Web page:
San Jose Symphony Records
Finding aid created by History San Jose Research Library staff using RecordEXPRESS
History San Jose Research Library2021
1661 Senter Road
San Jose, California 95112
Title: San Jose Symphony Records
Collection Number: 2000-51
Creator/Collector: San Jose Symphony
Extent: 32 linear feet
Repository: History San Jose Research Library
San Jose, California 95112
Abstract: Records of the San Jose Symphony, which operated between 1878 and 2001 in San Jose, California. The collection includes business records, scrapbooks and programs, photographs, press clippings, and recordings of performances.
Language of Material: English
The collection is available to researchers by appointment with the Curator of Library & Archives. Performance recordings are only available for research purposes and must be accessed in-house.
San Jose Symphony Records. History San Jose Research Library
The records were donated to History San Jose in July 2000.
In 1878, conductor/musician F. Louis King arrived from England and an Australia tour to lecture in San Francisco, and was hired by the College of the Pacific to head their new Music Department, and a private conservatory. He founded the San Jose Orchestral Society, drawing on many local musicians from the San Jose Normal School faculty and Germania Verein Amateur Orchestra then extant; it was the first classical European-style orchestra west of the Mississippi. He and J. H. Elwood of the Normal School also mounted a giant choral festival in October, 1878, that attracted hundreds of singers, musicians -- and potential audiences -- for the new orchestra. The name was later changed to the San Jose Symphony; it performed under King until 1892, when Herman Brant succeeded him. After World War I, the symphony declined until it was reorganized and combined with the San Jose Elks Orchestra (the two groups shared members); the group continued to perform, decline and reorganize periodically through the 1950s and 1960s under William Van der Heide and Sandor Salgo, until George Cleve became conductor between 1972-1992, succeeded by Leonid Grin. Management and financial problems, crises and scandals periodically threatened the existence of the Symphony over the years; it struggled until 2001 when it could no longer continue. Players and managing director Andrew Bales reorganized the group and saved the instrumental scores, and the Silicon Valley Symphony continued the tradition, playing in the Center for the Performing Arts until opening in the restored California Theatre in 2004. San Jose Symphony conductors: 1878: F. Louis King 1890: Hermann Brandt c. 1937: William Van den Burg 1941-1945: Suspended during war era 1946: Gaston Usigli 1950s: Sandor Salgo 1970: James K. Guthrie 1972: George Cleve 1992: Leonid Grin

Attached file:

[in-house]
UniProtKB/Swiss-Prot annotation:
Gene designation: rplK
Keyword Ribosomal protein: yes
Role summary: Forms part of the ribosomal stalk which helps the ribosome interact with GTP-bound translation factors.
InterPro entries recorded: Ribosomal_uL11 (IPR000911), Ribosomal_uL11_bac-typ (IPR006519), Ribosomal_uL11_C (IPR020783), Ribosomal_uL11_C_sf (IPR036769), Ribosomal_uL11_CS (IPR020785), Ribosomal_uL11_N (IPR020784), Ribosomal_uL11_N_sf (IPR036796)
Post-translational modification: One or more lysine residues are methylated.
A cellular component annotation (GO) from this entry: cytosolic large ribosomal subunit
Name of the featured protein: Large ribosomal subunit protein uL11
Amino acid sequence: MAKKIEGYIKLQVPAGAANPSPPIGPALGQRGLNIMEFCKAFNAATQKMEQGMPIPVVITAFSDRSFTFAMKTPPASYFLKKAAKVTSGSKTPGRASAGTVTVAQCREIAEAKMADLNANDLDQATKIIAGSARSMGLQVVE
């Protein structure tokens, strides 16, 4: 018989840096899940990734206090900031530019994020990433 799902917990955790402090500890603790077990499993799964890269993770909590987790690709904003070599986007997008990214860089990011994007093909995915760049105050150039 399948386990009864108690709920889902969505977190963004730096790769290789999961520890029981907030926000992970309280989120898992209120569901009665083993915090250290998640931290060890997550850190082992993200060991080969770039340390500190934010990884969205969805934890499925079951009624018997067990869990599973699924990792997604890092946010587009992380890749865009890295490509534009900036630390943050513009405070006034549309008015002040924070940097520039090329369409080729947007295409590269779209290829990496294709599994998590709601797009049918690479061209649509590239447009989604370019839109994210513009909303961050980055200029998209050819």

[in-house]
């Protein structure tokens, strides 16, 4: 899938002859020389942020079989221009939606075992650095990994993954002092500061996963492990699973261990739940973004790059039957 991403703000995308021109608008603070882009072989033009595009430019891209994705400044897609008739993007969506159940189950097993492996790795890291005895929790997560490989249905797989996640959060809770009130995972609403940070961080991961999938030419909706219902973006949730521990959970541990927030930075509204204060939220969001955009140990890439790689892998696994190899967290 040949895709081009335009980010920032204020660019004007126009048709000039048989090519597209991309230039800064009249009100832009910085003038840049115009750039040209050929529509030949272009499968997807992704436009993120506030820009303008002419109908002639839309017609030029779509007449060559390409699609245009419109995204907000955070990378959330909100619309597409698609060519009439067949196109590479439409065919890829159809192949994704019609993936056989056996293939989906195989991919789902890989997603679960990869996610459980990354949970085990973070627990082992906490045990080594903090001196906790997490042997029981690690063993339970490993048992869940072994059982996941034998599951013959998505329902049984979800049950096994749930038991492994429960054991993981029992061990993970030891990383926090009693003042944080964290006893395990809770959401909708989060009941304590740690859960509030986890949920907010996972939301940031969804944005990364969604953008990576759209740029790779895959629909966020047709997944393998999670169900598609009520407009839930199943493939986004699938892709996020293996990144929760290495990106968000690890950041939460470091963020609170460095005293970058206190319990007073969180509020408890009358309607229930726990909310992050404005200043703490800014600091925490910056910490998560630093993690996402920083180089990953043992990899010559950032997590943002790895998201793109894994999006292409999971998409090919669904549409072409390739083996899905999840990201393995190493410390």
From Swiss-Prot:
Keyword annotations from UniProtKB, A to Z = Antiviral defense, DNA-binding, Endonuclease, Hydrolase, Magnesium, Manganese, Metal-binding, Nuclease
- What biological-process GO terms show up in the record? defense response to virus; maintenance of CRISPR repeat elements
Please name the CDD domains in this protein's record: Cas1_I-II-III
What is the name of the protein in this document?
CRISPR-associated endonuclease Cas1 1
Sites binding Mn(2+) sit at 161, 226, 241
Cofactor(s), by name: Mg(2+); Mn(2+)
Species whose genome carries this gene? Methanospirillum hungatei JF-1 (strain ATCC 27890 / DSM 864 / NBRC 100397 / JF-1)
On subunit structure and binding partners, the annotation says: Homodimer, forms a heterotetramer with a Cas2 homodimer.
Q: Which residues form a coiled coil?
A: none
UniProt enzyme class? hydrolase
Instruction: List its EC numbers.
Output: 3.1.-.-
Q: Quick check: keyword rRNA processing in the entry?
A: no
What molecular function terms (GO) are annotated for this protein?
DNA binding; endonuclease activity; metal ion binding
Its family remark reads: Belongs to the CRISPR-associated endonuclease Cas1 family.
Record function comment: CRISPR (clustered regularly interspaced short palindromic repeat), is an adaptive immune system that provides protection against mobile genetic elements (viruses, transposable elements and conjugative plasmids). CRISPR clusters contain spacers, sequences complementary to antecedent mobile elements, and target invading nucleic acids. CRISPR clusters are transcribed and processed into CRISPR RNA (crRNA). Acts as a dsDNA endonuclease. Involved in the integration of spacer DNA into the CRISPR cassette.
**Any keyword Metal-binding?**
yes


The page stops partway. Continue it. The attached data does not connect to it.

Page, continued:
The San Jose Symphony Records include a selection of pre-1945 concert programs, a small selection of programs from the 1950s and 1960s, and an extensive collection of concert programs and season announcements from the 1970s through 2001 when the Symphony ceased performing. News clippings document events and artists, and various management and union crises and confrontations from the same period. Records of the company include office operations; Board of Directors papers; fundraising/marketing materials; personnel records including materials on conductors, staff, union/management problems; and material about the Youth Symphony, school concerts, and other educational activities of the Symphony. Audiovisual material consists of promotional photographs of soloists and conductors; and photographs of performances, as well as recordings of performances and governance meetings. Ephemeral material includes late 19th century activities of King Conservatory/early San Jose Orchestral Society activities, and scrapbooks containing concert/recital programs.
San Jose (Calif.)